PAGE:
Honestly, watching paint dry would be more interesting than this book. Probably, it was just one of those that wasn't for me. There was nothing about it that I thought was bad per se, but I just didn't connect to any of the characters and the writing bored me.

I was actually bored by it from the first page, which is a shame because I was really looking forward to this one. There's portals between worlds, and magic, and a diverse cast (both racially and sexuall
Bob Milne
Sadly, as much as I was looking forward to this, I feel as if the cover blurb left some important things out. This was entirely a teenage coming-of-age story, written specifically for a YA market, and I am so very much the wrong audience for that. I liked the idea of it, and the world building seemed interesting (albeit a bit simple, especially in terms of culture/race), but I could not connect with the characters, and the story just wasn't interesting enough to make up for it.
Feb 06, 2018 rated it really liked it
Shelves: kindle, bookshelf, nist

An Accident of Stars is one of the most well plotted, well characterised novels I have read in a while. I can't think of one time where I thought "Oh that's silly" or "That doesn't seem plausible". I'm impressed; normally at some point in a novel I will notice an irregularity or some sort which will niggle at the back of my mind. Not in this.


So, An Accident of Stars is a portal fantasy, featuring a large cast of mostly female characters. Primarily we have Saffron, the young protag
Jun 23, 2018 rated it really liked it
I understand why so many people recommended this to me! Such a great inclusive portal fantasy!
I love the way this dealt with trauma, scars and disability.
I love that most characters were women (cis or trans), that this is a matriarchal world where the male characters were a beautiful man, a kind boy and the bad guy/usurper.
I love that while this isn't a world with equality, the girls and women here never abused or thought less of their male friends and even frowned at the way they were so
Lisa Coss
Aug 20, 2016 rated it did not like it
I bought this book because I was excited for a feminist world-hopping fantasy with complex female characters driving the story and fascinating new world to explore...

I'm not sure where to begin, because what I found was a book that was an overwhelming frustration and disappointment all around. I almost set it down a dozen different times, and the only thing that had me picking it back up again eventually was the thought of being able to write a true review so others might avoid making the same m
Nov 13, 2018 rated it liked it
Shelves: fantasy, queer
Reviewed for The Bibliophibian.

This took me a long time to finish, and I’m not entirely sure why. There’s a lot I love about it — the diversity, the bonds between the characters, the fact that it’s so driven by female characters (in both positive and negative ways), the way things aren’t just simple right and wrong. I mean, Kadeja and Leoden are undeniably pretty evil, which does undermine me saying that somewhat, but Yasha raises doubts at times as well. She’s on the side of the “good” characte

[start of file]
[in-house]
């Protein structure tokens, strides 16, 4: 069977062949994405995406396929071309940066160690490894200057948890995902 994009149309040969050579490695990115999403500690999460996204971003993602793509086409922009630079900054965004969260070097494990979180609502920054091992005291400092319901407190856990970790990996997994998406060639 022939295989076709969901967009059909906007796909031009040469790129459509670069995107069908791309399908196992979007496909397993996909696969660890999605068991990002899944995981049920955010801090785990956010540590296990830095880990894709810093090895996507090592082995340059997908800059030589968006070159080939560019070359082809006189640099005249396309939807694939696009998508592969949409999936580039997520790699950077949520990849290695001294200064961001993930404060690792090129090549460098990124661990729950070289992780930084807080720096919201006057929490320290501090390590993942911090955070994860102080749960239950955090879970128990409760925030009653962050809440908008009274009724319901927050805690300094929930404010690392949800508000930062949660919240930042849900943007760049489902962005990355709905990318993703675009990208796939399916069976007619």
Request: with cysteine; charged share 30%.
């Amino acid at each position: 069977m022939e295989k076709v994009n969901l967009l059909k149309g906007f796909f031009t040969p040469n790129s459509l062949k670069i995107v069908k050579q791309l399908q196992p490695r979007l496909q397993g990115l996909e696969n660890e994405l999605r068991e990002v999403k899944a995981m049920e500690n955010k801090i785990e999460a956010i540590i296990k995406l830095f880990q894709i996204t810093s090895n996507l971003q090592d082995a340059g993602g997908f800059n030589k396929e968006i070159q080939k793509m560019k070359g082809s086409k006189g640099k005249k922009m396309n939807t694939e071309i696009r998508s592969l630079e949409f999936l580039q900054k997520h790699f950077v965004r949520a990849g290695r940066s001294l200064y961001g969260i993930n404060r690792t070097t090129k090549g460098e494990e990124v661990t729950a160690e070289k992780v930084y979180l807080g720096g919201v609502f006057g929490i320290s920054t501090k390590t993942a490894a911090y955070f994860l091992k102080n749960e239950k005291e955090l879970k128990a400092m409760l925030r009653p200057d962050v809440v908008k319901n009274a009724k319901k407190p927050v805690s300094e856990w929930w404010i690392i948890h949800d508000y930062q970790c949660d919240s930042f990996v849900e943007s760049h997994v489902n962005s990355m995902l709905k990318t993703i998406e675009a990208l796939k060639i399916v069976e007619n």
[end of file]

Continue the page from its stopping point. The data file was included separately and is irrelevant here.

This book was sent to me by the publisher at no cost.

This is the first book of the Manifold World series. It's a portal fantasy and a coming-of-age story, with an Australian schoolgirl following a woman who had helped her - and following her through a rift into another world.

Saffron's life is a fairly normal one; it opens with a distinctly unpleasant experience with a boy at school harassing her, and a stranger supporting her as (sadly) almost no one else ever had. In going to thank the woman,
May 28, 2016 rated it really liked it
Shelves: netgalley
Portal fantasy seems to be making a comeback, which is fine by me; I'm not sure why it fell out of fashion in the first place. This one, as you would hope from a new book, does something fresh with it, primarily by splitting the point of view between several different women: a teenage white Australian who goes through the portal more or less by accident, a middle-aged black British woman who's been "world-walking" for a while and is already familiar with the other world, and a couple of even you ...more
Sep 06, 2016 rated it really liked it
Shelves: lgbtq, sf-f
This story did so many things that ticked all of my boxes! It delved into the difficulties of magically learning a language without necessarily having the cultural context for it, which was fascinating. It showed communities of women of all ages, working together – and sometimes against each other – and getting stuff done. It spent time thoughtfully exploring the impact of trauma has, particularly on young people – characters are given lots of space to deal with and begin to recover from their e ...more
May 13, 2016 rated it it was amazing
(Full review here:

I flat-out adore the world that Meadows created here, with its rich unique cultures and language and clothing styles. I want to read more things set in it, to spend more time there with characters I’ve grown to know and appreciate. The story is phenomenal, a brilliant fantasy with fascinating characters and an overarching plot that’s full of action and intrigue and the world being on a precipice, on the knife-edge of revolution while th
An Accident Of Stars is one of those books that, honestly, I always knew I would love. I put off reading it for far too long, because portal fantasy isn’t a trope that particularly appeals to me, but… it’s Foz Meadows, and I’ve been following Meadows’ reviewing and writing on fandom and culture for years now. Her first book is just as brilliant, incisive, thoughtful, and compelling as I always expected it to be, and I confess - I’m more interested in portal fantasy as a trope after reading it.